This website began as a small guidebook to the mysterious neolithic chambered monuments at Carrowkeel in County Sligo; the guide book was never completed, but the website has expanded to cover various aspects of Irish archaeology, history and culture.
The Song of the Chanter, an ancient Irish march.
I spent many years living at Carrowkeel in South Sligo, close to the shores of Lough Arrow, a beautiful landscape full of Irish megalithic activity, mythology, and superb traditional Irish music. The great megalithic sites of South Sligo are Carrowkeel, Kesh Corran, Heapstown and Moytura. Carrowkeel is a great megalithic complex high on the summits of the Bricklieve Mountains. Several of the megalithic chambers are illuminated by the light of the sun and moon.
Of all European lands I venture to say that Ireland is the most mystical, and, in the eyes of true Irishmen, as much the Magic Island of Gods and Initiates now as it was when the Sacred Fires flashed from its purple, heather-covered mountain-tops and mysterious round towers, and the Greater Mysteries drew to its hallowed shrines neophytes from the West as well as from the East, from India and Egypt as well as from Atlantis; and Erin's mystic-seeing sons still watch and wait for the relighting of the Fires and the restoration of the old Druidic Mysteries.
Herein I but imperfectly echo the mystic message Ireland's seers gave me, a pilgrim to their Sacred Isle. And until this mystic message is interpreted, men cannot discover the secret of Gaelic myth and song in olden or in modern times, they cannot drink at the ever-flowing fountain of Gaelic genius, the perennial source of inspiration which lies behind the new revival of literature and art in Ireland, nor understand the seeming reality of the fairy races.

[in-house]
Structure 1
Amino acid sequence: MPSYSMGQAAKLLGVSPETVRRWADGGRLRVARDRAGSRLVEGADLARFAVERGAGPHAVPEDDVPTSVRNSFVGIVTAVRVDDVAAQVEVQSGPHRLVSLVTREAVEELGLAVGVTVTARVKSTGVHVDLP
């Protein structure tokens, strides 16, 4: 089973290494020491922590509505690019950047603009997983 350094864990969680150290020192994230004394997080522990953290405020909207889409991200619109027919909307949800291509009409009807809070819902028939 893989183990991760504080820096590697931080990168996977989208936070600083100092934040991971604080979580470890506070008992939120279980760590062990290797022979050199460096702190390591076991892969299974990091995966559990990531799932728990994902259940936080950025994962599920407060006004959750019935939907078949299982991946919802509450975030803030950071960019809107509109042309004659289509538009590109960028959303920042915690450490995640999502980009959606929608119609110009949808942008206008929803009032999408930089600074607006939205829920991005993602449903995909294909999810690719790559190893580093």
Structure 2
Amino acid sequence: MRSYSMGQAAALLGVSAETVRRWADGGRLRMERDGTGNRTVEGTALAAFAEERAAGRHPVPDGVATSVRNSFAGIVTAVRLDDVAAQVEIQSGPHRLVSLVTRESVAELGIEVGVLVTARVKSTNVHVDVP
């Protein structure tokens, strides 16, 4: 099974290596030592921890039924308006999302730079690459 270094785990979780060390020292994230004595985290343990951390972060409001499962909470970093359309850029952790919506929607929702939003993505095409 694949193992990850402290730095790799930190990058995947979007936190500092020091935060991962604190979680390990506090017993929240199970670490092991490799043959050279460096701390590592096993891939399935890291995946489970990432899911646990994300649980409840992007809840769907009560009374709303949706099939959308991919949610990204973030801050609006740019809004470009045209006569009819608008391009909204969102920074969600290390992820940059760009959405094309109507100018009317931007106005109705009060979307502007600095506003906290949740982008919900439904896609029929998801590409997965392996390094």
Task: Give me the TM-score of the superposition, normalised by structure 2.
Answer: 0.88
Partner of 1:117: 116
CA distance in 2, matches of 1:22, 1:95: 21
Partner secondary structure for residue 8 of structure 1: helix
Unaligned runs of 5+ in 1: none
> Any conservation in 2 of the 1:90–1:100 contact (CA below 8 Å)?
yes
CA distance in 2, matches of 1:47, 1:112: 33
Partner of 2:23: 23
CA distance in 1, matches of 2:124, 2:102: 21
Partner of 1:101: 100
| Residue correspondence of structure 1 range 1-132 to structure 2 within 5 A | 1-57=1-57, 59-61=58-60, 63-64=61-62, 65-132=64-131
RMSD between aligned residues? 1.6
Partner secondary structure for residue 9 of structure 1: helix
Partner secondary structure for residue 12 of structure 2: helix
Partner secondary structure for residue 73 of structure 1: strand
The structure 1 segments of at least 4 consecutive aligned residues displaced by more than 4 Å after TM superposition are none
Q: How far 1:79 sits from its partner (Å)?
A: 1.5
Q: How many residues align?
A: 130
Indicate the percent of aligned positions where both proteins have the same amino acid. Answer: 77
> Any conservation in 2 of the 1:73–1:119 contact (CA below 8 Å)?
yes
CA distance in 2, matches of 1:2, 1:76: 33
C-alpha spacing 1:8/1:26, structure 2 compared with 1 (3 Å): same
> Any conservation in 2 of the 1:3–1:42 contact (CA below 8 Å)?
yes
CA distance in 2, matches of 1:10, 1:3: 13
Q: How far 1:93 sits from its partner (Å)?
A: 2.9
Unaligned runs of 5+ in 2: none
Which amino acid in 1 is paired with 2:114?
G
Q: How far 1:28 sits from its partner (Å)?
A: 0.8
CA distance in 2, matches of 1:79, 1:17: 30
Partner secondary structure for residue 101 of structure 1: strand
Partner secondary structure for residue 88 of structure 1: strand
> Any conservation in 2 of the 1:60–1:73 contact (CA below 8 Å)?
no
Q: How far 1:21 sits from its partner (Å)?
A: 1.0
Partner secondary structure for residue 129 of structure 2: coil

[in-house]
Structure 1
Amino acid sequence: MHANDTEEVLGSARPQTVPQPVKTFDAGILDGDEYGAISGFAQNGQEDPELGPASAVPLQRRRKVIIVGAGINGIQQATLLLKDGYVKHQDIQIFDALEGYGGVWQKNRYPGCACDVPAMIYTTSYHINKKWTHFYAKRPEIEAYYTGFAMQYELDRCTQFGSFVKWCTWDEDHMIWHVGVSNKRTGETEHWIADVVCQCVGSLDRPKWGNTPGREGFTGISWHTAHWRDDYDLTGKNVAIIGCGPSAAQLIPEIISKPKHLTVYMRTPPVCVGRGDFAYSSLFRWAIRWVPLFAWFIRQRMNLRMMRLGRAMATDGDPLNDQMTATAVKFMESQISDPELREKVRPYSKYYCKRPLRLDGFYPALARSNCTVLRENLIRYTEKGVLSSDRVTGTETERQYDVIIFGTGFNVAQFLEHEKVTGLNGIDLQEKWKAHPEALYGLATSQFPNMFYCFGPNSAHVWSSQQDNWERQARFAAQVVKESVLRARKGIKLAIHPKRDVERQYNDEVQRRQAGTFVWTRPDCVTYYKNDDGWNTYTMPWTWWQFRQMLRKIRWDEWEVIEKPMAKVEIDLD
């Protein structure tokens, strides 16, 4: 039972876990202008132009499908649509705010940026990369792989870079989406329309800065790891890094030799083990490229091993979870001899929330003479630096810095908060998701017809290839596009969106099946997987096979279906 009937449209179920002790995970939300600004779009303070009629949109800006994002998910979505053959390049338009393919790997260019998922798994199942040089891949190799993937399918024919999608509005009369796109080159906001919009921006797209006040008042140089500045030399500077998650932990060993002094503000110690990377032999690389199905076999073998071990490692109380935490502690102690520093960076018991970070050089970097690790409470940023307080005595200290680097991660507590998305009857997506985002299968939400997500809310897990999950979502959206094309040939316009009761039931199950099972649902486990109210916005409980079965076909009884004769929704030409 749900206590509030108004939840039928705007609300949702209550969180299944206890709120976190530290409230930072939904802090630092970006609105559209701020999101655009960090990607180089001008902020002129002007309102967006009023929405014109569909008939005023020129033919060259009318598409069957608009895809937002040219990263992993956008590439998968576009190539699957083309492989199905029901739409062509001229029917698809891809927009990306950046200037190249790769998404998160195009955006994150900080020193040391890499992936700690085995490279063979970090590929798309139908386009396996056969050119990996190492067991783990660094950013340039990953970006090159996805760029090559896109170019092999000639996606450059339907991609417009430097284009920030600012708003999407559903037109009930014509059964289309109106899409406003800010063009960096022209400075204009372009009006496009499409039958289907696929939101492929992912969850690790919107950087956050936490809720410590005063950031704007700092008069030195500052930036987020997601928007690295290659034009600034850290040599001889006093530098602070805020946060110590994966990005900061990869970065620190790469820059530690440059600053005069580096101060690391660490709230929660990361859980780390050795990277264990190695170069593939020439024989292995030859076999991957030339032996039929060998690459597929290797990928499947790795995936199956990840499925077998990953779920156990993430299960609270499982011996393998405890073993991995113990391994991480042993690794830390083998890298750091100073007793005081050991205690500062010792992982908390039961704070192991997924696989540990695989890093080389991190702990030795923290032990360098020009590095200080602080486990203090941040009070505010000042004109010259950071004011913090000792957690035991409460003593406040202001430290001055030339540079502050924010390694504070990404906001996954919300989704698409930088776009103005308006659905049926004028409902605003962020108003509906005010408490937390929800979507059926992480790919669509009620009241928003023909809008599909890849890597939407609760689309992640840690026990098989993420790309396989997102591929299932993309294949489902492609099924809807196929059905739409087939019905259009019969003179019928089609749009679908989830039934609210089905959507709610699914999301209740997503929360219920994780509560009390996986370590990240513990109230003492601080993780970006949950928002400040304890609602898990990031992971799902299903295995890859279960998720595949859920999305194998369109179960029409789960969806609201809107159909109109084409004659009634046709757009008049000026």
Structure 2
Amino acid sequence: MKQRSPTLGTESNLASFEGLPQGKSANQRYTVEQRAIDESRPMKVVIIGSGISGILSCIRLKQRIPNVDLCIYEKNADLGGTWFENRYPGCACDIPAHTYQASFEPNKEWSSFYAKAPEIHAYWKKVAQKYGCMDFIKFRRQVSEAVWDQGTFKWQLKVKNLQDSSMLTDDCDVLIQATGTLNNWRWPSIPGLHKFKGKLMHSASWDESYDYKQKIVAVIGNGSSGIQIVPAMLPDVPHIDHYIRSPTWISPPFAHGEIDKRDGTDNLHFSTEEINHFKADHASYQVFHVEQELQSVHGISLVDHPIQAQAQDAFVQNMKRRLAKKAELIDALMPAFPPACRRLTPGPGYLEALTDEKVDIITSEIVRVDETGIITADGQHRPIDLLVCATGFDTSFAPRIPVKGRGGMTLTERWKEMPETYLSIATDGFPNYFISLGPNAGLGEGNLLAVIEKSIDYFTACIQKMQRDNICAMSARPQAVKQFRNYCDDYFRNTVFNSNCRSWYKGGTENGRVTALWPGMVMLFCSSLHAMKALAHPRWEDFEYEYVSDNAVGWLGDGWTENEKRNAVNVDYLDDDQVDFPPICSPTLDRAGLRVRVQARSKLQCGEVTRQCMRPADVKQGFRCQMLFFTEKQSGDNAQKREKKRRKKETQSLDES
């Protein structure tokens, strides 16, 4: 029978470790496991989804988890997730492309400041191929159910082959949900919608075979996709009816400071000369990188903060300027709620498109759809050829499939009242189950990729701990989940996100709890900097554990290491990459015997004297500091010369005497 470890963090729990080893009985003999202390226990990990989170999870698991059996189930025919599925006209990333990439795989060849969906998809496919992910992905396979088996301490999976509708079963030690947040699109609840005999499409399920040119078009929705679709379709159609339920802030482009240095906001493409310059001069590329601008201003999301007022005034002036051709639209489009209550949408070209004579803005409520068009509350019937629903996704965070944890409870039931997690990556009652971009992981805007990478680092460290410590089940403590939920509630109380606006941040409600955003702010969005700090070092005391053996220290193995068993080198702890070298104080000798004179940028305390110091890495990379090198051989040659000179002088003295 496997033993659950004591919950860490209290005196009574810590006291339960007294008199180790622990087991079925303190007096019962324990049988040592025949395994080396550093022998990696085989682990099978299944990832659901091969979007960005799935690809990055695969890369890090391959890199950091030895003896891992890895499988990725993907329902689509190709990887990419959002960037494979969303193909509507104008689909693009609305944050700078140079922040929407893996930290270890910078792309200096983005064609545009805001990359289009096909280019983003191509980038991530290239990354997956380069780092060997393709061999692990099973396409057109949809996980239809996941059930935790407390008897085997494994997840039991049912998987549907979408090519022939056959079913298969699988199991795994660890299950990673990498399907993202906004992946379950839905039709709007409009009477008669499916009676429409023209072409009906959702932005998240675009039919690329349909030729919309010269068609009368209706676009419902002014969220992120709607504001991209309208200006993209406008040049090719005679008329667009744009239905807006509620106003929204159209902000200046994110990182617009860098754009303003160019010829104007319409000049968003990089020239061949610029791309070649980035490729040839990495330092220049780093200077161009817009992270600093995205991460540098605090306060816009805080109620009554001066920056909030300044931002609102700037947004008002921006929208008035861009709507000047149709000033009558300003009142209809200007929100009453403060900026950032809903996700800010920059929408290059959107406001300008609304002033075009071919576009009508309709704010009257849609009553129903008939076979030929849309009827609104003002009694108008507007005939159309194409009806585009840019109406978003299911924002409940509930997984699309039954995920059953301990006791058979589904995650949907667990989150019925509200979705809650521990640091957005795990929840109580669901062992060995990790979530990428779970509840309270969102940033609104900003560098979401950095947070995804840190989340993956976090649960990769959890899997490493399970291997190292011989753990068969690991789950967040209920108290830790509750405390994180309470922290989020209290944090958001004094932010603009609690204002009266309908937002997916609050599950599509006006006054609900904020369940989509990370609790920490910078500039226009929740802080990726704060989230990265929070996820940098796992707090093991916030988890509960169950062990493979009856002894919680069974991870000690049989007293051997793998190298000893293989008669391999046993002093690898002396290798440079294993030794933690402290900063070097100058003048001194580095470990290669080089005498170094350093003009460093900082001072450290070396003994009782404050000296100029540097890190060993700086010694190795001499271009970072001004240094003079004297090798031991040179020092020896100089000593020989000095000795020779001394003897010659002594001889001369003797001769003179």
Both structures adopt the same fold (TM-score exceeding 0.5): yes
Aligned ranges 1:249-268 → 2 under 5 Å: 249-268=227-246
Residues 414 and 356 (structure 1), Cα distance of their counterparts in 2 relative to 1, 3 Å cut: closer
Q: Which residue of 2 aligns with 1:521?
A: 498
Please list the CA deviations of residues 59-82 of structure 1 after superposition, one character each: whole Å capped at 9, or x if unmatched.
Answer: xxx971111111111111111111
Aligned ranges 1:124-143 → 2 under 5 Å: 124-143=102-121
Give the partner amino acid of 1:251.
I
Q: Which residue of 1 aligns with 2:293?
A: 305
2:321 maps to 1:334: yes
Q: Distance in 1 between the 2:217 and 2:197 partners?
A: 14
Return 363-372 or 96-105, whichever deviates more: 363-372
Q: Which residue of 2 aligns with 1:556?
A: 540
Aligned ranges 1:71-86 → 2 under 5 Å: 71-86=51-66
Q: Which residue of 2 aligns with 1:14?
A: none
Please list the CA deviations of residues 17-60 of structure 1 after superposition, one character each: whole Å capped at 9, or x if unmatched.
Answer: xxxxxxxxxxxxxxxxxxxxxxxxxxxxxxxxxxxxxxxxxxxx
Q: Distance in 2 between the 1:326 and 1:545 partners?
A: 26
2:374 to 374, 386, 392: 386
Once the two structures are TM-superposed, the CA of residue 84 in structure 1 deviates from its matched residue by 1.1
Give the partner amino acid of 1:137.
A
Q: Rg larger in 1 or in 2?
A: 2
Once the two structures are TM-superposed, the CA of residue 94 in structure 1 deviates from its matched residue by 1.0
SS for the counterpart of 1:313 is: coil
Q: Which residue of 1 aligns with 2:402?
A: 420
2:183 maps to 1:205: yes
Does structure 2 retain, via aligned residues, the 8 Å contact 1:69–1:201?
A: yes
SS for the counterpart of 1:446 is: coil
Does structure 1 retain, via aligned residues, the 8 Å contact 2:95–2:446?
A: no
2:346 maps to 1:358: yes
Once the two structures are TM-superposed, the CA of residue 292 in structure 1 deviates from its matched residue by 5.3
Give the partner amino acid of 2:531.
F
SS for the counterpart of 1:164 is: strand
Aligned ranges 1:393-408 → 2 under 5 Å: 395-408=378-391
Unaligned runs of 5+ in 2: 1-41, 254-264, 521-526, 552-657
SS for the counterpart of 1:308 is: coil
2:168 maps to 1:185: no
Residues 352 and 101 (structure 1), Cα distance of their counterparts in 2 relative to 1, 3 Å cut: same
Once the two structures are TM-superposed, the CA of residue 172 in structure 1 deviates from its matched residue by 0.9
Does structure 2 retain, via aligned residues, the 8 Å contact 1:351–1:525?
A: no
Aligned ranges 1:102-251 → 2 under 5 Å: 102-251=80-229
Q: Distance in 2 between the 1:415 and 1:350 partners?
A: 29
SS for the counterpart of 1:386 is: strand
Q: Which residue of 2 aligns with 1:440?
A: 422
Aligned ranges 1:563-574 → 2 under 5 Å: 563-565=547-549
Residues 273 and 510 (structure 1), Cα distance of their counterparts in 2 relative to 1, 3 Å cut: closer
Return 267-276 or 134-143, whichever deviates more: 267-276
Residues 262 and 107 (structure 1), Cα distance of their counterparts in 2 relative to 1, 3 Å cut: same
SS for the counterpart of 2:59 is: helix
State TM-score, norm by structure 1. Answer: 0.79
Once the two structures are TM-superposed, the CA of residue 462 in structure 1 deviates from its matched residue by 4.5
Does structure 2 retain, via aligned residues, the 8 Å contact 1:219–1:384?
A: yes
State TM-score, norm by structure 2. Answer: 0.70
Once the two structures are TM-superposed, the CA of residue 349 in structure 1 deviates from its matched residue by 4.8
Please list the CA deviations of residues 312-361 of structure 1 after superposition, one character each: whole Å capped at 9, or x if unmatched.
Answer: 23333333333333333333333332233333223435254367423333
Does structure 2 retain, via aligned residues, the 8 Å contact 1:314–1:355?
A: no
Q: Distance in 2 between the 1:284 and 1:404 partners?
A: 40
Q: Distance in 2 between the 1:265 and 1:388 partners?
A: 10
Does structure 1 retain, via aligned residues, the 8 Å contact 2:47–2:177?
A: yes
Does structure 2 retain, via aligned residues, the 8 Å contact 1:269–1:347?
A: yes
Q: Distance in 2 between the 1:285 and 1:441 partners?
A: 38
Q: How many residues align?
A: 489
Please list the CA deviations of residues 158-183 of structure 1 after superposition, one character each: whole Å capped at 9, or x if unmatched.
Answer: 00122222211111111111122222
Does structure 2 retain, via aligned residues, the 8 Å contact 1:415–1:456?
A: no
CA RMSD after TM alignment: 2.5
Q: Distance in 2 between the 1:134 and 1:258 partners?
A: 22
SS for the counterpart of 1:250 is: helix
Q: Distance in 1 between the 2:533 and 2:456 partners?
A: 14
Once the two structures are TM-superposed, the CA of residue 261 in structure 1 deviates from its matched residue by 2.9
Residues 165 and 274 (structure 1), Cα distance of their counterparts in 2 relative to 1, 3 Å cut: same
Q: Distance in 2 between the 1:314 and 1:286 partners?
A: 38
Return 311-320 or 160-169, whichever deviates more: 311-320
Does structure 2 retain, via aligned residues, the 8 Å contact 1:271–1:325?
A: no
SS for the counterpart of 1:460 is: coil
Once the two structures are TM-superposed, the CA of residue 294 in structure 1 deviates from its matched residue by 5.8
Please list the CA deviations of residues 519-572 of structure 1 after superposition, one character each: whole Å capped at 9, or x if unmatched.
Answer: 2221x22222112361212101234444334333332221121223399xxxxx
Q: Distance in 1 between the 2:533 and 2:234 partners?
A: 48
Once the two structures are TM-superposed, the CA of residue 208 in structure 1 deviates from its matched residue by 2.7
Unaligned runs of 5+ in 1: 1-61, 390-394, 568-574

W. Y Evans Wentz, The Fairy Faith in Celtic Countries, 1911.
Carrowmore, close to Sligo Town, is the largest and oldest megalithic complex in Ireland. There were once sixty stone circles with central dolmen chambers, but many have been destroyed by land clearance and quarrying. These are some of the oldest monuments in Ireland. The central chamber is oriented towards the sunrises in early November and Feburary.
There are many unexplored neolithic sites and alignments in County Sligo. I now live in Cliffoney village, close to Creevykeel, the huge neolithic court cairn looking over the Head of Mullaghmore on the North Sligo Wild Atlantic Way. Creevykeel, one of the largest, best preserved and most accessible neolithic court cairns in the West of Ireland, is but one of many megaliths in the area.
There are many other important and well preserved megalithic sites in Ireland. One of the most awe inspiring complexes is found at Loughcrew to the west of County Meath. Here similar sites and myths are found to those in County Sligo, but with the addition of megalithic art, the oldest form of writing in Ireland.
It was the discovery of megalithic art through the writings of Martin Brennan that drew my attention to the Irish neolithic culture. Art, mythology and astronomy are features of the great Irish neolithic mounds. There are two major alignments at Loughcrew, both discovered by Martin Brennan and Jack Roberts. In both cases a key panel of rock is engraved with complex symbols, is illuminated by a beam of sunlight on significant mornings.
These amazing alignments occur on two mornings in the year.